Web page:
The European Parliament has entrusted the European Commission’s Joint Research Centre (JRC) with a pilot project on integrated techniques for the seismic strengthening and energy efficiency of existing buildings. The pilot project will define solutions which - at the same time and in the least invasive way - reduce seismic vulnerability and increase energy efficiency, in such a manner as to produce a significant environmental impact. It will also aim to stimulate the use of integrated solutions, and to create awareness about the topic with a view to prevention.
Nowadays practically everybody lives, works, socialises, studies, shops, gets hospitalised, takes exercise, and gets entertained in buildings. People spend a big part of their everyday lives in buildings. The built environment is the largest industrial sector in Europe not only in economic terms, but also in terms of resource flow. In the EU, it is estimated that there are about 25 billion square metres of built-up area, of which about 10 billion was built before the 1960s. The building stock that is well into its sixth decade of existence requires substantial maintenance, due to structural deterioration caused by aging, but also because the buildings constructed more than half a century ago were designed for different environmental conditions and according to building regulations that are now obsolete.
Two major problems for old buildings are resistance to earthquakes, and energy performance.
In EU Member States where seismic hazard is medium to high (e.g. Italy, Greece), and low to medium (e.g. Germany, France, Spain), the building stock is particularly vulnerable. Seismic events have caused thousands of casualties and extensive economic damage in recent years. Notable examples are the earthquakes in July 2017 in the Aegean Sea (especially the Greek island of Kos, and the city of Bodrum in Turkey), in May 2012 in the Emilia-Romagna region of Northern Italy, and in April 2009 in the Abruzzo region of central Italy (especially the city of L’Aquila).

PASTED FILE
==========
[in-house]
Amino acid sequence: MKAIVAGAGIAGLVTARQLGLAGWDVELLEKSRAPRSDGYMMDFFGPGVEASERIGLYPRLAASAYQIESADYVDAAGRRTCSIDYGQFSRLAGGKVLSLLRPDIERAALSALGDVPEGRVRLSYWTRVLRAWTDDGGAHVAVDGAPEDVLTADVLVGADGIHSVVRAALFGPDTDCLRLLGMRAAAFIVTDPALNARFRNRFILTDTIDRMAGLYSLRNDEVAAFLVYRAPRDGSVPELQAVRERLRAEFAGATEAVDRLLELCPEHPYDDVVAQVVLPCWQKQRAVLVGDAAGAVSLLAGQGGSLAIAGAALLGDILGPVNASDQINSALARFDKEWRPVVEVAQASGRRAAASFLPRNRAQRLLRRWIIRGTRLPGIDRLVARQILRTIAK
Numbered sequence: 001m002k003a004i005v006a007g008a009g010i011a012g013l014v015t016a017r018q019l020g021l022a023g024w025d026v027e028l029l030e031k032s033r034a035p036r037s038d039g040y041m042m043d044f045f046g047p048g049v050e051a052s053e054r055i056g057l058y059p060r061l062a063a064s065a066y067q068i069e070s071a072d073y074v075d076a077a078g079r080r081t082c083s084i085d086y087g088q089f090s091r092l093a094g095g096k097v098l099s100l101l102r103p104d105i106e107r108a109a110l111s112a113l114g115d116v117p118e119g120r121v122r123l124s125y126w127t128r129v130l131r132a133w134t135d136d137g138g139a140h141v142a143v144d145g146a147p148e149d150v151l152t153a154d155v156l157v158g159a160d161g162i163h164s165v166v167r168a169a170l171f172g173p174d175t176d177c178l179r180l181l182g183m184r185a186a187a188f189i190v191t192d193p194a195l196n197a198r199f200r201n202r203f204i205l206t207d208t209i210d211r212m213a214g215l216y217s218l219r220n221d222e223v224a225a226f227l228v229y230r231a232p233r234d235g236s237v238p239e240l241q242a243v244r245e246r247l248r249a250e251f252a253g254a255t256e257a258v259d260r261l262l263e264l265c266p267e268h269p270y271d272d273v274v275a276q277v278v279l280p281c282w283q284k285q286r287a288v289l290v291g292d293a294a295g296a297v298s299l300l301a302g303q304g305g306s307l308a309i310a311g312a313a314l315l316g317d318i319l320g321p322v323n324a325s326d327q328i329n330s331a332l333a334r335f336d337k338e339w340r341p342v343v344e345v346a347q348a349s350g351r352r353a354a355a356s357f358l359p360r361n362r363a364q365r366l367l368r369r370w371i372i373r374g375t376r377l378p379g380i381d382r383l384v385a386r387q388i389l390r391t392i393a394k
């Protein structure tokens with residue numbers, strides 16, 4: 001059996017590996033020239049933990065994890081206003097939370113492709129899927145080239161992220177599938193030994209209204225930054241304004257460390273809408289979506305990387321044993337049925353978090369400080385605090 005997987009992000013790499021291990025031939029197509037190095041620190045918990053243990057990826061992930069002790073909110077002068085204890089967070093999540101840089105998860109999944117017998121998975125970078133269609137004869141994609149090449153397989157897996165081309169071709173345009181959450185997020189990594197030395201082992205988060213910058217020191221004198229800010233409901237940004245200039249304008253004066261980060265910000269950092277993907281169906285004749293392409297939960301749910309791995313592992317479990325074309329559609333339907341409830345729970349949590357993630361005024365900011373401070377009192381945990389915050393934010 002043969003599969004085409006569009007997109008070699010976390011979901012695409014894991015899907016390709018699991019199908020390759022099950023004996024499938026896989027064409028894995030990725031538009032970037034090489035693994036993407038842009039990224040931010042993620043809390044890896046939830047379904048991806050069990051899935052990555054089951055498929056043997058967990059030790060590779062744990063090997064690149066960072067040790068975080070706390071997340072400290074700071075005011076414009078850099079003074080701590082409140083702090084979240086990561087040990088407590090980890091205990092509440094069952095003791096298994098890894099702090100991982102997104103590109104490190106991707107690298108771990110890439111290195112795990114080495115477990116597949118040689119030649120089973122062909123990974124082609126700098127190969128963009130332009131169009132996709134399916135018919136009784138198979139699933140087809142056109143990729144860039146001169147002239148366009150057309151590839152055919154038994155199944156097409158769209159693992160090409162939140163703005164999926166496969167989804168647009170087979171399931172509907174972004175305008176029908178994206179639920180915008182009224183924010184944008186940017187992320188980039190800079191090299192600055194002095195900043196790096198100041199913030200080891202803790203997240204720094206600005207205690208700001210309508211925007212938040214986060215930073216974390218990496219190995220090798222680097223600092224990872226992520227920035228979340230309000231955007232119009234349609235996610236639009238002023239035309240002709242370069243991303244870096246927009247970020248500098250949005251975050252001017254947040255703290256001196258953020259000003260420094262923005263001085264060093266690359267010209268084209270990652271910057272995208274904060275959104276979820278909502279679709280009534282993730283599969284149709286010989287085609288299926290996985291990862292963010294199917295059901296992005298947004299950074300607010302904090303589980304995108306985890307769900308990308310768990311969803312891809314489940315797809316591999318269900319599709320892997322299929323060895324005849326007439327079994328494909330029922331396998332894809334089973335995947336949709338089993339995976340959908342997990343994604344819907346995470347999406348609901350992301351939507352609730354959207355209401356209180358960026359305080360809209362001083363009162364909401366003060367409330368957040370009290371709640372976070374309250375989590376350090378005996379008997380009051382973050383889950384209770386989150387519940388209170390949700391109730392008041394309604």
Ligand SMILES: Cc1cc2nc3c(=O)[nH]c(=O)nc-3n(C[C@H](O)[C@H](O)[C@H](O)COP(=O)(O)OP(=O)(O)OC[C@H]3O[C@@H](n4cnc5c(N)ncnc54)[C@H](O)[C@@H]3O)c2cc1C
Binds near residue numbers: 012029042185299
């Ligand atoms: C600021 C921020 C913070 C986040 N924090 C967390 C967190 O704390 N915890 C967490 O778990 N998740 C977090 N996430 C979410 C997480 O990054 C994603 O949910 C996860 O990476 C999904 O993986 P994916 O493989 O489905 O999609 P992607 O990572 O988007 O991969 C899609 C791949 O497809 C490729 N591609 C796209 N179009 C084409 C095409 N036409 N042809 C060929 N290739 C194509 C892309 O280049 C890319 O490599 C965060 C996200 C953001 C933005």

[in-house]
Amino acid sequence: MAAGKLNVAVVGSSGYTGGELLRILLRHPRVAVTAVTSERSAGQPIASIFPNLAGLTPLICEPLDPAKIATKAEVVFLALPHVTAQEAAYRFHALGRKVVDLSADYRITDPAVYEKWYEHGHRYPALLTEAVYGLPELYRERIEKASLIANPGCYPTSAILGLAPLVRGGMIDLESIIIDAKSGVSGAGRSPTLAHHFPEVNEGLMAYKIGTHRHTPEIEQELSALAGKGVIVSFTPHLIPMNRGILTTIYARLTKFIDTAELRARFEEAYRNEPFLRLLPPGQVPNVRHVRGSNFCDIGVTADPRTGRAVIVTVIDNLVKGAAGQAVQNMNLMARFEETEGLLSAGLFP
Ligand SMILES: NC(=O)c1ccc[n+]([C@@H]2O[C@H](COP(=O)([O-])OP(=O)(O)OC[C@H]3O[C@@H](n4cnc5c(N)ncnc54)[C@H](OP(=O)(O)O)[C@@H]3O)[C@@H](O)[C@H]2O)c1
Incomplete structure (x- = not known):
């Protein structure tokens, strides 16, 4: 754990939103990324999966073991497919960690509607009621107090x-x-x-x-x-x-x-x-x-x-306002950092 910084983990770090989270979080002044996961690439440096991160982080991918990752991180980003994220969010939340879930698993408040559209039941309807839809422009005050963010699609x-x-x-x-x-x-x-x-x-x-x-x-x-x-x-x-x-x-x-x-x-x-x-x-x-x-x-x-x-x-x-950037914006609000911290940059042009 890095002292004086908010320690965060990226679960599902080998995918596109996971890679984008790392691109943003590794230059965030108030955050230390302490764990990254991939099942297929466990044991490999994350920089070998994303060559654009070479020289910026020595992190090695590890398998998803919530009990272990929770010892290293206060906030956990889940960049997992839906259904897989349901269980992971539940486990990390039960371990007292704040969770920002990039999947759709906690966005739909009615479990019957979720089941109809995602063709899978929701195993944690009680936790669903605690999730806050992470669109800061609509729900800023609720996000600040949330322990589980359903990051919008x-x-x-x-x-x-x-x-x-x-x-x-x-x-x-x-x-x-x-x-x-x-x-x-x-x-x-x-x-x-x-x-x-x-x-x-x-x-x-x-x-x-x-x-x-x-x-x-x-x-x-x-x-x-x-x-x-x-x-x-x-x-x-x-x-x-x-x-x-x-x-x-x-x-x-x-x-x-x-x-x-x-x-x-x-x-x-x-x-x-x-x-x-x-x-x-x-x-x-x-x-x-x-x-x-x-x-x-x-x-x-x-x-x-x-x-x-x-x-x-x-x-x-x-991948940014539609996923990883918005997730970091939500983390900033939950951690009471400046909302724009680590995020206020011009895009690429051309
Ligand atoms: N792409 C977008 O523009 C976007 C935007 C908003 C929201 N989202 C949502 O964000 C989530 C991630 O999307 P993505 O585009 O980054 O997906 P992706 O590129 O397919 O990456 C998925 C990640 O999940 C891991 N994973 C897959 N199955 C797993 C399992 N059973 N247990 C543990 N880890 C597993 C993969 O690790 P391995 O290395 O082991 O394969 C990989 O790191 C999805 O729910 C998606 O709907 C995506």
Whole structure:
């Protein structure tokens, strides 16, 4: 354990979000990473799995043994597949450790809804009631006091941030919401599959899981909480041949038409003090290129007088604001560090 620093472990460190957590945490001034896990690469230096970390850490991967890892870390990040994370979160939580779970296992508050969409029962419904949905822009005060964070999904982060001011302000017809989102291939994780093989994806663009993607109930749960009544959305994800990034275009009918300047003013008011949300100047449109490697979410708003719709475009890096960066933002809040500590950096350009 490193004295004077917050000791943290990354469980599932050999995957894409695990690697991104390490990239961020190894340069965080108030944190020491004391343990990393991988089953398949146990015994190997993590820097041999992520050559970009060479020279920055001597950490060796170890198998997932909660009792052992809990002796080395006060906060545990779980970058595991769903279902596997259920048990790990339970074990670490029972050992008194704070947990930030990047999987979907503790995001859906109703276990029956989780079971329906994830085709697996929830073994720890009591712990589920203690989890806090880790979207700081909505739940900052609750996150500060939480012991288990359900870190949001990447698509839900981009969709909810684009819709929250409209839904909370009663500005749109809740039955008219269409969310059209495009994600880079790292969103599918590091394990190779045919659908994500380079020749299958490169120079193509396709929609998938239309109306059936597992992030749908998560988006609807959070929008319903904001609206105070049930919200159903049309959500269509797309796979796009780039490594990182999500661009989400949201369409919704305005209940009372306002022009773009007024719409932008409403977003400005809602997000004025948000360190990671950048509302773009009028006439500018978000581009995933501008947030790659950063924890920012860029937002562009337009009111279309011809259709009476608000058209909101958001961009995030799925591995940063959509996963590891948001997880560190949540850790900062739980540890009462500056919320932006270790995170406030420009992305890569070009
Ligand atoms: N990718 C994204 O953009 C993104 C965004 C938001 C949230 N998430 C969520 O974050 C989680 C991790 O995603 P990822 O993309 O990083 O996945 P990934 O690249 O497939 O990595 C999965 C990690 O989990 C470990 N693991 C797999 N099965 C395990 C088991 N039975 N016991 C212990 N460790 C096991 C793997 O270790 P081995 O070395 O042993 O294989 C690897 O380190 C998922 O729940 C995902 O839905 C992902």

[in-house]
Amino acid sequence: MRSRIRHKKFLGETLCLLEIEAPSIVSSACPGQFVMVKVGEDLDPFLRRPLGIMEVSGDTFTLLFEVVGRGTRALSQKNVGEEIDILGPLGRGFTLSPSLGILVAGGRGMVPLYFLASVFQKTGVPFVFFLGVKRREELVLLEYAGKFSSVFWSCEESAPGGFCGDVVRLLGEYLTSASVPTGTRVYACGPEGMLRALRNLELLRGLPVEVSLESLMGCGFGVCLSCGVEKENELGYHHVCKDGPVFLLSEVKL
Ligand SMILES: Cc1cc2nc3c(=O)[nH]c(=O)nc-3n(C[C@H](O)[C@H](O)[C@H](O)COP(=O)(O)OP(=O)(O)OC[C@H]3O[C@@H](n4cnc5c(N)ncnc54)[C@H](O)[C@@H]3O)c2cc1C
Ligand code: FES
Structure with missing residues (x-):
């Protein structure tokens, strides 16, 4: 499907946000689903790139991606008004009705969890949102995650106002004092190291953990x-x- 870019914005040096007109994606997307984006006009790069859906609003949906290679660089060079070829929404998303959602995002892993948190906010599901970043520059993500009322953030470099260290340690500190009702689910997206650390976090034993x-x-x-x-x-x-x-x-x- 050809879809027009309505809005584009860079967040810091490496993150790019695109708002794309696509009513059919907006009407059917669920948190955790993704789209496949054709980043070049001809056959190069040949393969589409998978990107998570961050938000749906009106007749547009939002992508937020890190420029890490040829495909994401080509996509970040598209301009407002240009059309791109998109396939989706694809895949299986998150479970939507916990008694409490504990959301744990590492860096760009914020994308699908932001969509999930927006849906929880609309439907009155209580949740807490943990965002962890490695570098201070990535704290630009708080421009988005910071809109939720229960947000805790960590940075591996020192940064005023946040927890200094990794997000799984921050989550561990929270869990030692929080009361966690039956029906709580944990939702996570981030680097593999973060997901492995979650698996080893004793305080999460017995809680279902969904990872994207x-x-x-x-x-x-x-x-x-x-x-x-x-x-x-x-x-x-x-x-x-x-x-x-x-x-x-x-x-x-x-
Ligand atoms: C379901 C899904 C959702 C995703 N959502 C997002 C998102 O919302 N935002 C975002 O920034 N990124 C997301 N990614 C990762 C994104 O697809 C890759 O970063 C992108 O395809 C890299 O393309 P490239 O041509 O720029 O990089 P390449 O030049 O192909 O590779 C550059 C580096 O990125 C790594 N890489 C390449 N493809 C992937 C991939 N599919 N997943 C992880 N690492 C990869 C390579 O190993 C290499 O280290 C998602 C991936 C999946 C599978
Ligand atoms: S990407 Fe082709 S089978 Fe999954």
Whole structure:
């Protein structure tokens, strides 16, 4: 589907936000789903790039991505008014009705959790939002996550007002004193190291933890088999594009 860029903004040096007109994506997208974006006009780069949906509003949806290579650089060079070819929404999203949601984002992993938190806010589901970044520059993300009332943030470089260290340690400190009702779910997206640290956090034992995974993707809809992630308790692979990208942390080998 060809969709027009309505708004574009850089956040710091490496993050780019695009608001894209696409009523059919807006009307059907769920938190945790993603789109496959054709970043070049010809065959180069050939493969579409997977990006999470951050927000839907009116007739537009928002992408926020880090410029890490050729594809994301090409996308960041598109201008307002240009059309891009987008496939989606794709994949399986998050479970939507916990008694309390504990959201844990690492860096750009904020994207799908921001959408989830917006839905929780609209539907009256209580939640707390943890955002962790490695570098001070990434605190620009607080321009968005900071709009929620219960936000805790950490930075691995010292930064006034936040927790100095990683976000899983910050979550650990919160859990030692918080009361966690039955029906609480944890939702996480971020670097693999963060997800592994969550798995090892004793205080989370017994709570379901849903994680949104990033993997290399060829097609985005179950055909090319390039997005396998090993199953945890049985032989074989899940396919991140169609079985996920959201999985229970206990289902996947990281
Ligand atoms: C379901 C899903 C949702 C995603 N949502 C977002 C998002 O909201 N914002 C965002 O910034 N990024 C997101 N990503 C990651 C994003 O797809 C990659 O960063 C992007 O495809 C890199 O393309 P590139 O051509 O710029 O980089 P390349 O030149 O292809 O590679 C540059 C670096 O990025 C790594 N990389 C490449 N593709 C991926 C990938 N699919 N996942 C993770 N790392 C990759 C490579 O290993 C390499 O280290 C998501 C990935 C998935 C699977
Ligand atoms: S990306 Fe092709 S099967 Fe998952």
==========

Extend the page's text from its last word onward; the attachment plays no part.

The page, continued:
At the same time, the energy performance of buildings is unsatisfactory. The energy consumed in buildings is one of the biggest sources of CO2 emissions in Europe. The Energy Performance of Buildings Directive or EPBD (2010/31/EU) is - together with the Energy efficiency directive - the main legislation to promote the energy performance of buildings and to boost renovation within the EU.
Reducing buildings’ vulnerability while increasing their energy efficiency, is thus of major importance for our safety and for the reduction of greenhouse gases. Finding simultaneous solutions to both problems will make retrofitting of buildings cheaper, more practical and achievable.
The new pilot project will propose relevant tools and guidelines and will aim to underpin an EU Action Plan to redevelop and modernise the existing building stock in the EU. In view of the huge number of constructions involved, the Action Plan will be based on criteria of high efficiency and economic and environmental sustainability. The new idea for holistic approach to renovation of buildings and the Action Plan will support the integration between disaster risk reduction and cohesion policies.
The work of the JRC plays an important role in improving safety in construction, for example through scientific support for the development and implementation of the Eurocodes, a set of European standards for the design of buildings and other civil engineering works, which include Eurocode 8, the European Standard for the design of structures for earthquake resistance. (See web-link below).
Georgios Tsionis, Silvia Dimova, Paolo Negro, Dionysios Bournas and Desislava Strezova
European Commission, Joint Research Centre (JRC)
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